“Whoever corrects a mocker invites insults; whoever rebukes the wicked incurs abuse. Do not rebuke mockers or they will hate you; rebuke the wise and they will love you. Instruct the wise and they will be wiser still; teach the righteous and they will add to their learning.” (Proverbs 9:7-9, NIV)
One of the most difficult things for me, personally, is bringing a challenge to a person. I don’t find it terribly hard to challenge a congregation through a sermon to come into alignment with God’s Word, to turn from sin, or to change the way they think or believe. But when it comes to meeting with someone personally, bringing a rebuke is not easy!
Yet, that is something we are called to do as brothers and sisters in Christ. We should love each other enough to bring correction when needed. And, we should be humble when we receive a rebuke. When I read these verses in Proverbs 9, I found myself asking, Am I more like the mocker or the wise person? When someone brings you a challenge, do you respond with defensiveness? Do you go into self-preservation mode? Or do you humble yourself, hear the rebuke, and grow wiser as a result?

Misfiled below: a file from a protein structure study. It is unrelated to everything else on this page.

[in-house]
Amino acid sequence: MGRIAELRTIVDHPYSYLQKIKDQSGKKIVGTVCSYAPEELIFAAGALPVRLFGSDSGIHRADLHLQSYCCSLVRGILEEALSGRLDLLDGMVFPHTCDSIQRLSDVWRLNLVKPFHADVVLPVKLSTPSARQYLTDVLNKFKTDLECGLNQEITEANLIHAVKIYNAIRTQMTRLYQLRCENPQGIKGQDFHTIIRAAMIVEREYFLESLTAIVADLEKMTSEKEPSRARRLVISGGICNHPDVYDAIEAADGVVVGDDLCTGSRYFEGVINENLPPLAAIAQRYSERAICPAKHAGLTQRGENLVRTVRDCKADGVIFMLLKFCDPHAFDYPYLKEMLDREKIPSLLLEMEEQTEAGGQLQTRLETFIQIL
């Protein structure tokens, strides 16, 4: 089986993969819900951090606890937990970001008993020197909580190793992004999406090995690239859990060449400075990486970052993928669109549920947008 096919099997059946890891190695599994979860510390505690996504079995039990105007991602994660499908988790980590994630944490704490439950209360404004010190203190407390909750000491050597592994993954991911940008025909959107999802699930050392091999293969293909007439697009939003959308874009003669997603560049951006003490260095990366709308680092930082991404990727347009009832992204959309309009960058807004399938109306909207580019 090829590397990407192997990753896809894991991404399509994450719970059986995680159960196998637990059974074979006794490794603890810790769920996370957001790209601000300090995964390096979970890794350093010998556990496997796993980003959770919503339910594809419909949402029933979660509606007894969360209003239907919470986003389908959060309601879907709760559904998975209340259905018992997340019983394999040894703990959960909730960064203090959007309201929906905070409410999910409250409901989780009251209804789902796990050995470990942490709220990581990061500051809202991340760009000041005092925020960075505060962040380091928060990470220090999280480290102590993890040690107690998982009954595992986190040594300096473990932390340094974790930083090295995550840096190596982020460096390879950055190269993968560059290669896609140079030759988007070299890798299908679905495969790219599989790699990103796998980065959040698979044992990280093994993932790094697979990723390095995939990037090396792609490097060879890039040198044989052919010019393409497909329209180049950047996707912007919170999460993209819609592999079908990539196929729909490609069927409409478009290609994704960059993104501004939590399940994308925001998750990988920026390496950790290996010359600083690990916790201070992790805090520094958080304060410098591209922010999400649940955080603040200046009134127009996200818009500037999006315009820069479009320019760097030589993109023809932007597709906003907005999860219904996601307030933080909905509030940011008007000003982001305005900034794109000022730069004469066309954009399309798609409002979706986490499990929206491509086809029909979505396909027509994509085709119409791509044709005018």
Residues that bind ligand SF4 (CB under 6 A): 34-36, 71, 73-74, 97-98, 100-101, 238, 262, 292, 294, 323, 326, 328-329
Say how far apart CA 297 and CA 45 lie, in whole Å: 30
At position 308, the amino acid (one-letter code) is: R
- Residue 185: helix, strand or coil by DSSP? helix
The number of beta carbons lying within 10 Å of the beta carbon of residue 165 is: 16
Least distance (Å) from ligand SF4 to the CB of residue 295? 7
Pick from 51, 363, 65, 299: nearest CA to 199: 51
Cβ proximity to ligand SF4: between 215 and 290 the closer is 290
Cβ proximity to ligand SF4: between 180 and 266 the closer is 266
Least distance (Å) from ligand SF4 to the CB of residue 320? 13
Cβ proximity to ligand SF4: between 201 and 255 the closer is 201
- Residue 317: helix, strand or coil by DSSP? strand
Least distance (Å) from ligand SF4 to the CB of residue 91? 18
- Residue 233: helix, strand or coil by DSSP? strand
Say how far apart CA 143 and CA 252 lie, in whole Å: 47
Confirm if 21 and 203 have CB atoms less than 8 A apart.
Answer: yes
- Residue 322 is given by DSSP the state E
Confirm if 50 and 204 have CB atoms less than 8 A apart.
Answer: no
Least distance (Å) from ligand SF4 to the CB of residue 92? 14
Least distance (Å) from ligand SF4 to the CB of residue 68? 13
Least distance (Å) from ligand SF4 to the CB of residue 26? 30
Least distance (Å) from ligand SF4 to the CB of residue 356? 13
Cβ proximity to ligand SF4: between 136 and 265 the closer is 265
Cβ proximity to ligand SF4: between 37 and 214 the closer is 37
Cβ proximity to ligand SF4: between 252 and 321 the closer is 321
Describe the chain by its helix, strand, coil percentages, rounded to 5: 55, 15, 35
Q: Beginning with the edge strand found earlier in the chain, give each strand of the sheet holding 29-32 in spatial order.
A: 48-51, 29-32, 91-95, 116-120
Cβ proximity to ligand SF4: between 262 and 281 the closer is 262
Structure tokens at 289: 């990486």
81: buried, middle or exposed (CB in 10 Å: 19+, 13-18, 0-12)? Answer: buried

I will confess that defensiveness is often my default reaction, but I am learning to put my self-preservation aside and hear the rebuke. Usually, there is something in it I can grow from. Of course, occasionally a challenge is brought that is entirely worthless, and not offered in an “I want to help you grow” spirit, but in an “I want to tear you down” attitude. When that happens, it’s best to turn the other cheek and forget the rebuke altogether as I remember whose I am–I am His, and nothing will change that!
I have found over the years that to avoid bringing a challenge rarely helps a person. As difficult as it can be to give a rebuke, sometimes that’s precisely what’s needed to help them mature and grow. But when you do offer a word of constructive criticism, it’s best to do it with an attitude of grace, in a spirit of humility and encouragement. The goal is never to merely challenge a person and walk away; it’s to bring both challenge and support, both rebuke and encouragement, both correction and accountability. Because at the end of the day, our goal should be to see the other person grow closer to the Lord.
One of the best and simplest tools out there to help think through challenge and support is The Support-Challenge Matrix from GiANT World Wide Leadership.
My prayer for this week is that you will have the courage to bring a challenge if it’s needed in the next seven days. Or, the humility to receive a rebuke and allow the Holy Spirit to use it as a catalyst for growth in your life.